PDA

View Full Version : M1A Question. First Post.


billsf100
January 11, 2011, 09:49 PM
My uncle got me interested in the M1A rifle. I am considering buying a Springfield National Match w/ walnut stock mfg #NA9102 or the loaded model M1A mfg #MA9222 The only difference I can see in the 2 rifles is that the 9102 has a glass bedded stock, national match gas cylinder, national match recoil spring guide, and a nm flash suppressor. Accuracy means a lot to me in the choice, I have shot benchrest smallbore for years. Will I see a major difference in accuracy of the two? What kind of groups would you expect from the two rifles at 100 yrds? Which rifle would you buy?

Thanks

ndking1126
January 11, 2011, 10:10 PM
subscribing

And welcome to the forum :)

SR420
January 11, 2011, 10:46 PM
Will you be needing to mount some kind of scope?

kraigwy
January 11, 2011, 10:54 PM
There is a difference between the standard and NM version. Whether there is enough difference depends on what you plan on doing with the gun.

The Standard should group 2-2.5 MOA. That is enough to clean or nearly clean the HP 600 & 1000 yard targets. The NM version will go from 1-1.5 MOA. Whether you can clean the above targets is up to you the gun will do it.

I don't know if one needs the mount as mentioned or not, that is up to you.

I've shot mine in competition for the last 35 years. It does fine without the glass.

Too many people put on add on's or gimmick up the rifle to compensate for the lack of willingness or desire to put in the effort to learn to shoot the gun. (That goes for just about every type gun out there).

alloy
January 12, 2011, 06:43 AM
The only difference I can see in the 2 rifles

NM rear sight and aperture.

billsf100
January 12, 2011, 07:29 AM
Thanks for the good information. So you went with the National Match model? about how many rounds can you put thru one of these before the bbl starts to loose some of its accuracy? Can the nm model get those kind of groups with standard factory nato rounds? I do not reload, what fair price factory ammo is out there that you would shoot? Will the national match model have just as much reliability? Any cons to the national match as opposed to the other Springfields?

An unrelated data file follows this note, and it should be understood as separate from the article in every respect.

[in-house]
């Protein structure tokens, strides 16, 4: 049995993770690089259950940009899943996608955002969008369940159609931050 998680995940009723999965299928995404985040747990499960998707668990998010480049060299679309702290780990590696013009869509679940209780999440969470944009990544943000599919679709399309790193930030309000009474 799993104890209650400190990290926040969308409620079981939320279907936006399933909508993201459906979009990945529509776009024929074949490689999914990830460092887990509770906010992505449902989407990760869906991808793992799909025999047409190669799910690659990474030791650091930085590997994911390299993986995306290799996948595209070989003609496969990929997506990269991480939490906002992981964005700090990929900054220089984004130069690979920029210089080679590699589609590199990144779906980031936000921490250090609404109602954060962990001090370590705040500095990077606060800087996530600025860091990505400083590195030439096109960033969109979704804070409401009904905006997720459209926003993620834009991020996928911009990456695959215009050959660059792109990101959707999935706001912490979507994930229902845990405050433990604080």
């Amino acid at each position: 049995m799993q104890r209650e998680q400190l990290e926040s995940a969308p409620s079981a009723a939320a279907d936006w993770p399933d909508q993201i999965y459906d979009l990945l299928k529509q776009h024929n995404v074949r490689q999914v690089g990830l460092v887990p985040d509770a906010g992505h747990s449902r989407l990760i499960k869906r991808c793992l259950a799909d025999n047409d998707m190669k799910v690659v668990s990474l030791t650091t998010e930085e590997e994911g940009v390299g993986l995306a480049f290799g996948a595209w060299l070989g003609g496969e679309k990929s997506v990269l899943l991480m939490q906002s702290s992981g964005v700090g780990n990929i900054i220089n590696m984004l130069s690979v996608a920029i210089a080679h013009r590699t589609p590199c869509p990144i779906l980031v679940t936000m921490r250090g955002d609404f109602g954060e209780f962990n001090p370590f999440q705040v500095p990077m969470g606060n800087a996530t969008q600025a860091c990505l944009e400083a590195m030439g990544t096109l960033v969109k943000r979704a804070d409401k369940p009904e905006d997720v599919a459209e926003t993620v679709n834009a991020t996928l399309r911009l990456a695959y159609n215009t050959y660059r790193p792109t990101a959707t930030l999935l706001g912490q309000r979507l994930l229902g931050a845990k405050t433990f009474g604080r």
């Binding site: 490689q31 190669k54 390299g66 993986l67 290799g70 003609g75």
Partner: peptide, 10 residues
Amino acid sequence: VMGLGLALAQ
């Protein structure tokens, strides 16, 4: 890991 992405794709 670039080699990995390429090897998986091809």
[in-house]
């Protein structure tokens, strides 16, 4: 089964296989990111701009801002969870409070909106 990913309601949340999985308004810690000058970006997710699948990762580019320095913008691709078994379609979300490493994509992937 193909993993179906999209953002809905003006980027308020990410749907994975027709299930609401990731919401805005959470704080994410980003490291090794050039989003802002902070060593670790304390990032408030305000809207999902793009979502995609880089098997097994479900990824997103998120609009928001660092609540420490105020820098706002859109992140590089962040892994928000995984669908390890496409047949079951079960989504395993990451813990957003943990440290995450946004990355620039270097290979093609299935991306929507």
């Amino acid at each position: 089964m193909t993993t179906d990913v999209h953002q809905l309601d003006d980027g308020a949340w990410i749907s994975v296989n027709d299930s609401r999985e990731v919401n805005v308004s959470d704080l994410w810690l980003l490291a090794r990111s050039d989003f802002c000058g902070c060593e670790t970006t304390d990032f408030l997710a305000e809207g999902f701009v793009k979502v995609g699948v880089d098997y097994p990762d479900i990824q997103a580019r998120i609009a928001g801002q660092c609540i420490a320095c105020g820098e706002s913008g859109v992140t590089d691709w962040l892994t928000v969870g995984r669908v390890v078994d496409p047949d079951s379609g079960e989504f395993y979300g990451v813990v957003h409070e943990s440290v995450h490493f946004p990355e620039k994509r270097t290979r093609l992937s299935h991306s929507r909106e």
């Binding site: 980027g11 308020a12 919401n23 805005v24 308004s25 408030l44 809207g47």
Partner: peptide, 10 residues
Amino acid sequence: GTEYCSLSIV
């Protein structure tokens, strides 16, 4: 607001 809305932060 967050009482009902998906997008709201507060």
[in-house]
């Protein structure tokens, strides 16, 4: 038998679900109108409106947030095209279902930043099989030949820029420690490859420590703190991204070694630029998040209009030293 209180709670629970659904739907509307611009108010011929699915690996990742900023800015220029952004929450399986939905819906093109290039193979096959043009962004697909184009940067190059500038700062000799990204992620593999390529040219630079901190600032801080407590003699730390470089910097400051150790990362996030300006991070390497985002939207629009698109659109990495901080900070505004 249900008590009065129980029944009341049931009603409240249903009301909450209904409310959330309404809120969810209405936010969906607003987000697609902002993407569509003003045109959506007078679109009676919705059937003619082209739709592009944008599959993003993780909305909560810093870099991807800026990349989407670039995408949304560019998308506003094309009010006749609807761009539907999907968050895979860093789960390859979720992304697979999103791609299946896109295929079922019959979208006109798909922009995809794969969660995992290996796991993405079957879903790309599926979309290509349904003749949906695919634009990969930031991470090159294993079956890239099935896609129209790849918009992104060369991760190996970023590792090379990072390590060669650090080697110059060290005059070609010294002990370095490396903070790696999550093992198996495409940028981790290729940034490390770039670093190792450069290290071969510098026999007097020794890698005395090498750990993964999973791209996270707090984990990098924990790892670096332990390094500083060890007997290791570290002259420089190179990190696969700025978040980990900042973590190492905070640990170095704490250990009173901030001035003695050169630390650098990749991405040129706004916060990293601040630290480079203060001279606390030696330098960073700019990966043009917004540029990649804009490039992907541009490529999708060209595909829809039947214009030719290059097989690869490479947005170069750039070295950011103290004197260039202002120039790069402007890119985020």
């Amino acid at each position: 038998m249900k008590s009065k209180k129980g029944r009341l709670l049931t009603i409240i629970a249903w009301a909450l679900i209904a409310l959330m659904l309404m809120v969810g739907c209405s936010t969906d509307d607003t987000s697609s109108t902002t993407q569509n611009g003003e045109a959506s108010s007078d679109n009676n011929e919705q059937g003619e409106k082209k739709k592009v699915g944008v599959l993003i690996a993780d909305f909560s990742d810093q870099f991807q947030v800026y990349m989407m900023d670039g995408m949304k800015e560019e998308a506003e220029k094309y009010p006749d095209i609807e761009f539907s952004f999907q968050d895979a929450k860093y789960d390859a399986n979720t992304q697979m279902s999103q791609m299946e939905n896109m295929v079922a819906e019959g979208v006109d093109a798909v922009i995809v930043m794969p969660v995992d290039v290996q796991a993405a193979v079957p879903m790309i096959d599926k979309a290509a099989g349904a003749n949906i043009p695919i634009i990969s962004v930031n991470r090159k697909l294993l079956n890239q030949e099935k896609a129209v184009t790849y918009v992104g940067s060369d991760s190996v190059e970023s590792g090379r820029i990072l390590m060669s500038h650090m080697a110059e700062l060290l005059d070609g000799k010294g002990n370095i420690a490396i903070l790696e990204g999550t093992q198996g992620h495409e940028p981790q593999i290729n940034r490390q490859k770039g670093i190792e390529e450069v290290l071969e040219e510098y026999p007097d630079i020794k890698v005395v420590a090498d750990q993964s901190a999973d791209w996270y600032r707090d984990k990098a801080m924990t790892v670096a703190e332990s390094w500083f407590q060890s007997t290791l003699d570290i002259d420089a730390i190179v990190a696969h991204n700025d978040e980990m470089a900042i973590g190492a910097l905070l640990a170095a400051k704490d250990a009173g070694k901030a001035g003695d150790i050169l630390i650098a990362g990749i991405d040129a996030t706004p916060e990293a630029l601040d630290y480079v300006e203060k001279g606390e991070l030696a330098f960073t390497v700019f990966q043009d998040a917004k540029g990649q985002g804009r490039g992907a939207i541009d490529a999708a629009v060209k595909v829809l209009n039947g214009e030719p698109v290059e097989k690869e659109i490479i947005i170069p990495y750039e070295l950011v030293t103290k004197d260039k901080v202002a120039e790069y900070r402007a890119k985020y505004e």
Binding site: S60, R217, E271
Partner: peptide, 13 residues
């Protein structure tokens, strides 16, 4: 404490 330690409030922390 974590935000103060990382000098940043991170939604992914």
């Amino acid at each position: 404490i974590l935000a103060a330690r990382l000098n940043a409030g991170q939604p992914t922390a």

Thanks for taking the time to answer.

madcratebuilder
January 12, 2011, 09:02 AM
If you buy the NM rifle do not remove the stock unless absolutely necessary. A bedded M14/M1A does not take kindly to it, after just a few stock R&R's it well need skin bedding. There's really no reason to take it down that far as all PM can be preforms with the stock in place.

SR420
January 12, 2011, 09:40 AM
stocks

The tension bedding utilized by TROY and JAE and the battle proven SAGE EBR deliver excellent results.
The action can be removed and re-installed by the average person as often as needed without fear of degrading accuracy.

kraigwy
January 12, 2011, 10:39 AM
about how many rounds can you put thru one of these before the bbl starts to loose some of its accuracy?

There is no clear answer to that. It depends on how you shoot it more then how many rounds. It's heat that does in a barrel. If you just fire the NM Courses and reasonable practice for the NMC, the barrel will last longer then one thinks. Most practice should be slow fire, standing, thats where matches are won or lost. In practice for rapid fire, you don't need to fire the full 10 round string. Stick to 4 or 5 round, Shoot the first two, load the second mag and fire 2 or 3 more. That's all you need to get the Rapid fire positions and technique down. For slow fire prone, it makes no since to lay on you belly shooting, its the wind and other conditions that will get you, that's where the practice is needed.